With Saint Patrick’s Day around the corner, Guinness is encouraging revellers to make this year’s event one to remember in its biggest-ever responsible drinking campaign to date. Guinness and Saint Patrick’s Day have long gone hand-in-hand but this year as festivities kick off across Ireland, Guinness is encouraging consumers to try non-alcoholic beer for a more memorable celebration. The campaign, which has been created with the help of AMV BBDO, aims to communicate a message of moderation and to encourage consumers to try non-alcoholic beer.
As part of the campaign Guinness will give away 50,000 pints of Guinness 0.0 over the course of the Saint Patrick’s Day weekend. This marks Guinness’ largest-ever sampling of its non-alcoholic beer. Free pints of Guinness 0.0 will be available in over 300 different locations across the country.
Four participating iconic pub facades will be rebranded into ‘Guinness 0.0 Pubs’ including O’Donoghues (Merrion Row, Dublin), O’Connell’s (Eyre Sq, Galway), O’Sullivans (Douglas, Cork), and Common Market (Belfast) where customers can enjoy a free pint of Guinness 0.0 on March 17th, as well as in 150 other pubs nationwide via the Any Excuse app where a pint of Guinness 0.0 will be redeemable March 16th-19th. Other locations include Dublin Airport on March 17th & 18th, Aviva Stadium for people attending the highly anticipated Guinness Six Nations finale, Ireland v England, on 18th March and the Guinness Storehouse, where all guests will receive a complimentary pint of Guinness 0.0. Additionally, in 164 Tesco stores across the Republic of Ireland March 16th-19th, consumers purchasing a four-pack of Guinness with their Clubcard will receive a free four-pack of Guinness 0.0.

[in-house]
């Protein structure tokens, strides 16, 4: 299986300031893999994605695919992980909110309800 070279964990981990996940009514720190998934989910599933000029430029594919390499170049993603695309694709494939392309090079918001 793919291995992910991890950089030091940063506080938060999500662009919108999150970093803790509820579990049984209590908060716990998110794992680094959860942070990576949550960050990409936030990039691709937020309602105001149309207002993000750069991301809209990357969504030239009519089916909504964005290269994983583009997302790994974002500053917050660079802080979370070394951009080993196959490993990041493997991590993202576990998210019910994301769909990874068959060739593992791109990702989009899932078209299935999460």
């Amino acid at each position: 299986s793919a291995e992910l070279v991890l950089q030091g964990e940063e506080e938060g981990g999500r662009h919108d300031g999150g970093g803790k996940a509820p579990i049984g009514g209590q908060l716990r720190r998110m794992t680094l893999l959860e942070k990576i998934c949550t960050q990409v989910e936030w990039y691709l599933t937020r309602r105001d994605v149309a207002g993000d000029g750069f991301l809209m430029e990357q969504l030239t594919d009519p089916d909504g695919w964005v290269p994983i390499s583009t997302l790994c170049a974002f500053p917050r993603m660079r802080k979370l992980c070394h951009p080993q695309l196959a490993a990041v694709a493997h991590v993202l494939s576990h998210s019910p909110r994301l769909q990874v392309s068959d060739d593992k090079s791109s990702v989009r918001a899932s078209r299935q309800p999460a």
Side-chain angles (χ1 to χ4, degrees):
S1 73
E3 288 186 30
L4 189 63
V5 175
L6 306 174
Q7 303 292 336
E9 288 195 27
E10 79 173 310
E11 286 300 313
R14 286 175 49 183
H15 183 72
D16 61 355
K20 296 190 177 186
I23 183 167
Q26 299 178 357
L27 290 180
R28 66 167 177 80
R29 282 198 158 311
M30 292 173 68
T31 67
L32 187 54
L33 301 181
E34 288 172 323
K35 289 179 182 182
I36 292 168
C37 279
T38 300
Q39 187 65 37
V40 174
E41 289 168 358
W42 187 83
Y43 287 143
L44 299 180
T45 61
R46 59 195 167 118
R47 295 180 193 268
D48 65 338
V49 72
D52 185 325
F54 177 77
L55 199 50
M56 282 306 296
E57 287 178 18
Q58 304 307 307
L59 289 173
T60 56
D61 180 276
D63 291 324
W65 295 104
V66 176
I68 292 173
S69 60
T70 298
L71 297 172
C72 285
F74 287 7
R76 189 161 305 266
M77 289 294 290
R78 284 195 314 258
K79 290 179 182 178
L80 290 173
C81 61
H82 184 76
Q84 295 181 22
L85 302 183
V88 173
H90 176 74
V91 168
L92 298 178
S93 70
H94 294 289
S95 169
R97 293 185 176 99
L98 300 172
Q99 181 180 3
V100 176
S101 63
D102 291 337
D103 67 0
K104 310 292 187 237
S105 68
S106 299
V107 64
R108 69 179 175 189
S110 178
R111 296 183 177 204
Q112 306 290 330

Alongside the nation-wide sampling campaign, Guinness 0.0 has also launched a campaign film that depicts pints of Guinness 0.0 joining in on a chorus of celebration.
The film, Singing Pints, created by AMVBBO shows the pints singing along to Bonnie Tyler’s “Holding Out For a Hero”. The video will be shown across social media channels, as well as an interactive Snapchat filter which gives users the chance to create singing 0.0 pints of their own. Saint Patrick’s Day is one of the key highlights in the social calendar.